I work in animation, so I understand that it’s a different beast than live action. And I’m well-versed in Star Trek, having watched the 1973 Animated Series several times over (on purpose!). The differences and the similarities are notable.
In the 1973 cartoon, we already know Kirk, Spock, McCoy and the rest. Some of the stories come straight over from rejected or never-made scripts from the original live action series, from established scifi writers like David Gerrold, Dorothy Fontana, and Larry Niven, and many are straight up sequels (“More Tribbles, More Troubles” and “Mudd’s Passion”). The episodes, like most cartoon series, are 22 minutes long (plus credits), but despite being half the length of a typical live action Trek episode, the animated series never feels rushed. Often it feels quite the opposite, too slow for a modern audience, in some instances.
Lower Decks does not have the benefit of well-established characters. Everyone in the pilot episode “Second Contact” is new to us, the audience, and so within the 26 minutes we are provided (including credits) each of the four main characters must fight for time not only between one another but also with the secondary characters: the senior officers.
Modern animation by it’s nature is more fast-paced than live action, with some exceptions of course (Primal comes to mind). I think Lower Decks suffers most because of these combined issues, which is understandable and, to me, certainly forgivable. Less forgivable, unfortunately, is the frenetic and obnoxious character of Ensign Mariner. Through some combination of writing, direction and/or acting choices, I know not which, Mariner exacerbates the problem of pacing with her loud and manic verbal diarrhea and behavior that would be more at home on the schoolground than on a Starfleet ship.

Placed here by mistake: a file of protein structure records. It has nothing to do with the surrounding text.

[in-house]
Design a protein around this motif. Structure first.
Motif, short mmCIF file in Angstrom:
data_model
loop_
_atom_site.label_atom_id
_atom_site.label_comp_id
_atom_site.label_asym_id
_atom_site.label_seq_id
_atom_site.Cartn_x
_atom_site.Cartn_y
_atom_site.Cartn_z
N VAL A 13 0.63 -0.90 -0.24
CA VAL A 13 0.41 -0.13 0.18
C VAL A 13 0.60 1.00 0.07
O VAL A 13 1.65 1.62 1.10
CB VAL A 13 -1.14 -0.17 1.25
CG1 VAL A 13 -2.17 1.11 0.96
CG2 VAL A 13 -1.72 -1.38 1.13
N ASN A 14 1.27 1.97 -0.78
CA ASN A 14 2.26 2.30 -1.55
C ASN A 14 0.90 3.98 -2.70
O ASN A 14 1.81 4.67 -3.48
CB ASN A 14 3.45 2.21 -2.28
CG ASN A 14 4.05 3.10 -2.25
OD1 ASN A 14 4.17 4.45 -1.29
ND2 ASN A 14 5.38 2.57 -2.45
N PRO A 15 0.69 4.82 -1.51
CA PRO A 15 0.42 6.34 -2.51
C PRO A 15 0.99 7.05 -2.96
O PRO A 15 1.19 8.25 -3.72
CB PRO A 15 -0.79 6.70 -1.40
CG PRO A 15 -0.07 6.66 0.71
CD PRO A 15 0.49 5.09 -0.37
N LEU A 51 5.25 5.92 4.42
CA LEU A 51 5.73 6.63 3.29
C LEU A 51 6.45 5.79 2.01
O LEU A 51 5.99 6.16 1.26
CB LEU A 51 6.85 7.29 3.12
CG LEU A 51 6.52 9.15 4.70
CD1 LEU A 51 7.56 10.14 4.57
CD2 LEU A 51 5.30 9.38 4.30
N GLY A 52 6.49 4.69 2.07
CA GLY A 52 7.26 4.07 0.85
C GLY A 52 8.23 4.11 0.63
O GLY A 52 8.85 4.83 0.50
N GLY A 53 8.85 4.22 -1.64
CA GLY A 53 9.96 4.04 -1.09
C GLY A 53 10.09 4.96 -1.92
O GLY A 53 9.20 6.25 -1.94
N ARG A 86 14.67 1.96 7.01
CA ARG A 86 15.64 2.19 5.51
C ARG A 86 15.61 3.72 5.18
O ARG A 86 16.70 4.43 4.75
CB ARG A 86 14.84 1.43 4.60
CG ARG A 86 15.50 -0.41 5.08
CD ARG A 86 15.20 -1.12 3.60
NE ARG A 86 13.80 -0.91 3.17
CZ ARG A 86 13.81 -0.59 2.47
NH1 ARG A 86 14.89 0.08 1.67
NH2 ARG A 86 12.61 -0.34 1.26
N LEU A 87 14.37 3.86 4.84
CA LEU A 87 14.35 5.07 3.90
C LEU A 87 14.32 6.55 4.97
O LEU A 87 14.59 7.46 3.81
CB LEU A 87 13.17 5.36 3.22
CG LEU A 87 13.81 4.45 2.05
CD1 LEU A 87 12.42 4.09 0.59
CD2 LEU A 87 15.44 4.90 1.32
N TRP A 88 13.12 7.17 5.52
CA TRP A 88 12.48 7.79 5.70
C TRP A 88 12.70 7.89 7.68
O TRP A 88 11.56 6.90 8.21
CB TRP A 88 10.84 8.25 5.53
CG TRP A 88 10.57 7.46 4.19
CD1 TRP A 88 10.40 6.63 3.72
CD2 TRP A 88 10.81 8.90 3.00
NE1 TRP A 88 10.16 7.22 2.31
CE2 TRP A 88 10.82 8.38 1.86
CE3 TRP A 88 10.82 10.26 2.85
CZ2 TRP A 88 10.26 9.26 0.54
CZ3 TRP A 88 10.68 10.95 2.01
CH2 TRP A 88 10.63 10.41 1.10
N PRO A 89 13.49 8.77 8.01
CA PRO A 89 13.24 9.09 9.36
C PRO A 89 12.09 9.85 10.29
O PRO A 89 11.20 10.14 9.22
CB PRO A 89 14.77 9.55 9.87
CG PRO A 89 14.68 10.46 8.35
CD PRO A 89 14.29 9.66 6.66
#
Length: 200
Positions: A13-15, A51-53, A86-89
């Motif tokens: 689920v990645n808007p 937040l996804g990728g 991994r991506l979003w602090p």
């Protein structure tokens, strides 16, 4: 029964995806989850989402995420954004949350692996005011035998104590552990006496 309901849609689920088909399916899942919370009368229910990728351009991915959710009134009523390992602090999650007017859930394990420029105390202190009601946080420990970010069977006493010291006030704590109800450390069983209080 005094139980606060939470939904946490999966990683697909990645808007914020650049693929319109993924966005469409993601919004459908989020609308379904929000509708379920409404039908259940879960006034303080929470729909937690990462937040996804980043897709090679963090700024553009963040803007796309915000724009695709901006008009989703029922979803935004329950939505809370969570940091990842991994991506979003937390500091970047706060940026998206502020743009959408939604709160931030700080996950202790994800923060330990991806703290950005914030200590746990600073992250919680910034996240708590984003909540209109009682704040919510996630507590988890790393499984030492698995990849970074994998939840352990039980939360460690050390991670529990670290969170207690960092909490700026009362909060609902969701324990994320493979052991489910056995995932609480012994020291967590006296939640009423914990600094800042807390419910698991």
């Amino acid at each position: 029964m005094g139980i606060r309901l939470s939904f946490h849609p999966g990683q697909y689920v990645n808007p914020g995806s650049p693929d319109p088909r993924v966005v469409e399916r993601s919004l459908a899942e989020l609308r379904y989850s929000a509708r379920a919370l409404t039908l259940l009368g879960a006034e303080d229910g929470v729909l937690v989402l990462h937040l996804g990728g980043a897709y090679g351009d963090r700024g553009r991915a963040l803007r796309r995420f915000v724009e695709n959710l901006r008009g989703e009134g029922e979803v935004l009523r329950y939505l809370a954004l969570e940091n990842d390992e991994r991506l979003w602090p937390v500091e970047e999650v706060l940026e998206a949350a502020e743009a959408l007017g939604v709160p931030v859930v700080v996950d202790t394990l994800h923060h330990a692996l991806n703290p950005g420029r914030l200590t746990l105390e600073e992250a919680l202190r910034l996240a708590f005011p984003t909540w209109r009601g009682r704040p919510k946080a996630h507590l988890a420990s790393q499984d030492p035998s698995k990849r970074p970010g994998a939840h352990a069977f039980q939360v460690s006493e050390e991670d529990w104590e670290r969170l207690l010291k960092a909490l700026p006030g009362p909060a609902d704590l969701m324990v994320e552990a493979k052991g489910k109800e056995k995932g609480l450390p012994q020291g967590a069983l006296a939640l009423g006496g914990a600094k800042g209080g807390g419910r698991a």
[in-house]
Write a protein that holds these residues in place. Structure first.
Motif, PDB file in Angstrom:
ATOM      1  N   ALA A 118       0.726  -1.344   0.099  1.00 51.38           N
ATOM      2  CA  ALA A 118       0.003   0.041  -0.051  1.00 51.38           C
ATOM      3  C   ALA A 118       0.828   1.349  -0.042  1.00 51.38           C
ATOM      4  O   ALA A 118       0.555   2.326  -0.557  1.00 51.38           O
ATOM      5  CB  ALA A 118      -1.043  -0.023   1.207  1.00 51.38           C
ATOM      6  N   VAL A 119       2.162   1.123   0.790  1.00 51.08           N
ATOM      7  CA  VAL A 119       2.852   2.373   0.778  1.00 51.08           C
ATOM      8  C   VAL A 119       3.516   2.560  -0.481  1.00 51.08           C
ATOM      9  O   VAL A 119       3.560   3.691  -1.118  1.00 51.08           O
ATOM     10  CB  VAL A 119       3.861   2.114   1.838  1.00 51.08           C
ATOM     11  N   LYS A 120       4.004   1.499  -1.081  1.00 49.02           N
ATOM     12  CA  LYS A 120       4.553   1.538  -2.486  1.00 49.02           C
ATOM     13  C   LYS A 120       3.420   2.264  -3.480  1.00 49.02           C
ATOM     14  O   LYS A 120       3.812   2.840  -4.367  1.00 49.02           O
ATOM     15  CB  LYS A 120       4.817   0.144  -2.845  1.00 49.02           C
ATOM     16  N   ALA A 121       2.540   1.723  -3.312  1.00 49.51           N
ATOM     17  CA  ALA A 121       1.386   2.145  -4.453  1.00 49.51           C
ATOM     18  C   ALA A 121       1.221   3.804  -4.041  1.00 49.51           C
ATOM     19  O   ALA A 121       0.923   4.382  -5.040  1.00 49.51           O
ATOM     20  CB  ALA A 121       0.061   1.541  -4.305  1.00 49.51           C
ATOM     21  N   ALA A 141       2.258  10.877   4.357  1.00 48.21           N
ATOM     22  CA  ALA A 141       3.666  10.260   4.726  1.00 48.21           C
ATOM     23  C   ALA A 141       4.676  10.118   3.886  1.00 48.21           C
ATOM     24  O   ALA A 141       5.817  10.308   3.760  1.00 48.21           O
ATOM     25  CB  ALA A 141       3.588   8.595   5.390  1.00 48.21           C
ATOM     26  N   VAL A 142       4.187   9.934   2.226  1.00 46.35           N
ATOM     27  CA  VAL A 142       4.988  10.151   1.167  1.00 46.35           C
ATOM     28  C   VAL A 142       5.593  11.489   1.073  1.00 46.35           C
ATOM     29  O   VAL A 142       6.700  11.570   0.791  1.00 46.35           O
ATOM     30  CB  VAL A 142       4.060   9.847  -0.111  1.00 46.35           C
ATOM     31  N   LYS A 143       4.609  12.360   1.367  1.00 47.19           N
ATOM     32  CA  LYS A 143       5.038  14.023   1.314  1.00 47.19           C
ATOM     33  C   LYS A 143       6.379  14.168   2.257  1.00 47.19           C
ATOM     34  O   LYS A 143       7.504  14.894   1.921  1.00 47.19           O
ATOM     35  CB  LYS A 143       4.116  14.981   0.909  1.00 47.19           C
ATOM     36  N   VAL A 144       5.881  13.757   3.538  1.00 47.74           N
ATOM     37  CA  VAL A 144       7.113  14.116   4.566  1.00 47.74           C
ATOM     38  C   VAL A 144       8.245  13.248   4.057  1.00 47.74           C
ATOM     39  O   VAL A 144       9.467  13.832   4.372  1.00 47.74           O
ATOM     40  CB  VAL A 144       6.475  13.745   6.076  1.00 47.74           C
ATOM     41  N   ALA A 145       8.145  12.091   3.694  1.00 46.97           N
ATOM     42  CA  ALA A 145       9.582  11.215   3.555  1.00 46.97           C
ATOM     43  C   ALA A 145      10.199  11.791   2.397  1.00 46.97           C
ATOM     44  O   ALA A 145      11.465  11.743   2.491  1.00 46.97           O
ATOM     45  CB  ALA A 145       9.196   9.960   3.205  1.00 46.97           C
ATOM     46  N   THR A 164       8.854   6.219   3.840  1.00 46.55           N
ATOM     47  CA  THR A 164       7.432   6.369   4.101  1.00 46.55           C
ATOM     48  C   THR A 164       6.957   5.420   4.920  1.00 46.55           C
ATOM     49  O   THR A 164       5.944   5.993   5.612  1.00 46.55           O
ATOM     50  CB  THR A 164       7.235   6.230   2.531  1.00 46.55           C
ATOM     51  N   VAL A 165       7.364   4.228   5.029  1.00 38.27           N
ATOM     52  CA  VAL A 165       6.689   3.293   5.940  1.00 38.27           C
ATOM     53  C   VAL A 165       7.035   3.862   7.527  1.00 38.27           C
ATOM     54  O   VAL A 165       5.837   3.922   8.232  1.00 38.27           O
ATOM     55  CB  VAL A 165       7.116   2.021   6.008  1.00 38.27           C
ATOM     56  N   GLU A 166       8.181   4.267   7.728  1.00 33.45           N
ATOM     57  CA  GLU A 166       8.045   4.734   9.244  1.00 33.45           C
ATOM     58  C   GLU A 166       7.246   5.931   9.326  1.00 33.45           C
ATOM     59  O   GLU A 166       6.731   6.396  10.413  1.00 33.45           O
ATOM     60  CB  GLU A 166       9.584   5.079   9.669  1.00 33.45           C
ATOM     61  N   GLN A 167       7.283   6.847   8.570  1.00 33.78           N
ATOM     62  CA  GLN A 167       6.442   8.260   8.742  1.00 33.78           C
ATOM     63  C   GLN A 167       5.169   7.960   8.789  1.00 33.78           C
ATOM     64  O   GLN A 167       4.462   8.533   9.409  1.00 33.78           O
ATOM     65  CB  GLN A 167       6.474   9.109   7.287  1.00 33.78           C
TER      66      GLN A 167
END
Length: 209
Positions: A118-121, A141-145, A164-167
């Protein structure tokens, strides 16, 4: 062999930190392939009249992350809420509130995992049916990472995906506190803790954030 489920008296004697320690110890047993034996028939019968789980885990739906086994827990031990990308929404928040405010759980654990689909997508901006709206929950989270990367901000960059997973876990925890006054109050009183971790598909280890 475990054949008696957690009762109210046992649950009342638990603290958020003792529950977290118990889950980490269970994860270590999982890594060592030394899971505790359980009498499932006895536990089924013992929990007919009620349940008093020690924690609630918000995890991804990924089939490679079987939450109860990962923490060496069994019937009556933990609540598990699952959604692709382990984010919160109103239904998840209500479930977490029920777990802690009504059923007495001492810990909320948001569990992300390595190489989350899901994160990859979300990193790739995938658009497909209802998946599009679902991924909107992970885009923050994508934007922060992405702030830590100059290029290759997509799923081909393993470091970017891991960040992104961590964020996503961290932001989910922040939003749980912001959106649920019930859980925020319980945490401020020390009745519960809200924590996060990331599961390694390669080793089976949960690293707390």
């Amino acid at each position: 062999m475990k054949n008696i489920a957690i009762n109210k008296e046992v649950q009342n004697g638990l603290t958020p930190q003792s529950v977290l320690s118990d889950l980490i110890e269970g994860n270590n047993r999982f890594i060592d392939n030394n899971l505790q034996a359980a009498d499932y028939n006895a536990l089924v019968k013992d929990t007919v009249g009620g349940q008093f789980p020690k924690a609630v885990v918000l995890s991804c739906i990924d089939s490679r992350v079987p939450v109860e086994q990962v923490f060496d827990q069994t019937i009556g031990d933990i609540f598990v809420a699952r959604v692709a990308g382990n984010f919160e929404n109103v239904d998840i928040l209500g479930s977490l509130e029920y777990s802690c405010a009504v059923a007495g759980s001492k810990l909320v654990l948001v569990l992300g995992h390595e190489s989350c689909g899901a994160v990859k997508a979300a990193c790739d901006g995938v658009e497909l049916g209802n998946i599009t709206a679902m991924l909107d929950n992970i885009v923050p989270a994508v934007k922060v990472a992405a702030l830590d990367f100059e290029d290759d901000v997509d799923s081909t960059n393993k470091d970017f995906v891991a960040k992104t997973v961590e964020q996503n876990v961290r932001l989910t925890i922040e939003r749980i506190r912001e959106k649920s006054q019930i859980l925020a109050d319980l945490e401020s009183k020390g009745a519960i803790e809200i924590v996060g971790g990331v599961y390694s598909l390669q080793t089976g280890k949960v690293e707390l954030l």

I believe her character is written this way not just as a way to deliver a barrage of cheap, immature jokes and old Trek ‘member berries’ but also to demonstrate that she has some personal issues which, I dare to hope, will be explored in such a way to make her more likeable. I’m sure we’re all picking up the ‘rebellious daughter of strict, powerful parents, who drinks too much and has intimacy problems’ thing that they’re laying down. I would love if they move past that in the writing because right now she is just unlikable.
My point? Lower Decks could have benefited from a few more minutes, to give our characters some breathing room. A little less screaming at eachother in hallways, a little more more sitting around a boardroom table like Spock, McCoy and Kirk in TAS. What we did get, apart from the introduction tour, was the scene with Rutherford and Tendi bonding in the bar at the end, and that was pleasant. The good news: there’s 9 more episodes in this season for us to get to know our characters.
And Lower Decks has Star Trek: The Animated Series beat in many ways.